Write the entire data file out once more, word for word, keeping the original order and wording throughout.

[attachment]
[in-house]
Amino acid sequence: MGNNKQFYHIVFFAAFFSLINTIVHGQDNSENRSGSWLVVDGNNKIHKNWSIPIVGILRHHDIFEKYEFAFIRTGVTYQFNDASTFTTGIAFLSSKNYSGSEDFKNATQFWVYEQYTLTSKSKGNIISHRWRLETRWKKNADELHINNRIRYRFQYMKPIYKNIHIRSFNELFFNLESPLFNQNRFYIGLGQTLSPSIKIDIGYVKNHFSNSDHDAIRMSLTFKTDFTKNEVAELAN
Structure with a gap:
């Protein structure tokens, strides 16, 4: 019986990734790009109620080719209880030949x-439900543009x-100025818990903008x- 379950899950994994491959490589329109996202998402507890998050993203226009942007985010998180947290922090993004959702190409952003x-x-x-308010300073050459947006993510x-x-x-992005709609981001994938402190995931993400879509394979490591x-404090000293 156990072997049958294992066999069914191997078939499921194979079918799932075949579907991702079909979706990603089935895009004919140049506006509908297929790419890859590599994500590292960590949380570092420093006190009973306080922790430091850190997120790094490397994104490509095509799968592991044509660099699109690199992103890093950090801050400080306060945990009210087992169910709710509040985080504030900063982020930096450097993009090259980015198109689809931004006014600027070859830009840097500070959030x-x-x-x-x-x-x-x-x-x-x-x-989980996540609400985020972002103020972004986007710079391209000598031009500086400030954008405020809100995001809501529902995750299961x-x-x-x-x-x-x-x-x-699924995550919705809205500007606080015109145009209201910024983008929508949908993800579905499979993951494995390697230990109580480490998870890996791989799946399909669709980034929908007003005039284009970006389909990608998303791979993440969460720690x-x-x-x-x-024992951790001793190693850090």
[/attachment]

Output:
[in-house]
Amino acid sequence: MGNNKQFYHIVFFAAFFSLINTIVHGQDNSENRSGSWLVVDGNNKIHKNWSIPIVGILRHHDIFEKYEFAFIRTGVTYQFNDASTFTTGIAFLSSKNYSGSEDFKNATQFWVYEQYTLTSKSKGNIISHRWRLETRWKKNADELHINNRIRYRFQYMKPIYKNIHIRSFNELFFNLESPLFNQNRFYIGLGQTLSPSIKIDIGYVKNHFSNSDHDAIRMSLTFKTDFTKNEVAELAN
Structure with a gap:
């Protein structure tokens, strides 16, 4: 019986990734790009109620080719209880030949x-439900543009x-100025818990903008x- 379950899950994994491959490589329109996202998402507890998050993203226009942007985010998180947290922090993004959702190409952003x-x-x-308010300073050459947006993510x-x-x-992005709609981001994938402190995931993400879509394979490591x-404090000293 156990072997049958294992066999069914191997078939499921194979079918799932075949579907991702079909979706990603089935895009004919140049506006509908297929790419890859590599994500590292960590949380570092420093006190009973306080922790430091850190997120790094490397994104490509095509799968592991044509660099699109690199992103890093950090801050400080306060945990009210087992169910709710509040985080504030900063982020930096450097993009090259980015198109689809931004006014600027070859830009840097500070959030x-x-x-x-x-x-x-x-x-x-x-x-989980996540609400985020972002103020972004986007710079391209000598031009500086400030954008405020809100995001809501529902995750299961x-x-x-x-x-x-x-x-x-699924995550919705809205500007606080015109145009209201910024983008929508949908993800579905499979993951494995390697230990109580480490998870890996791989799946399909669709980034929908007003005039284009970006389909990608998303791979993440969460720690x-x-x-x-x-024992951790001793190693850090």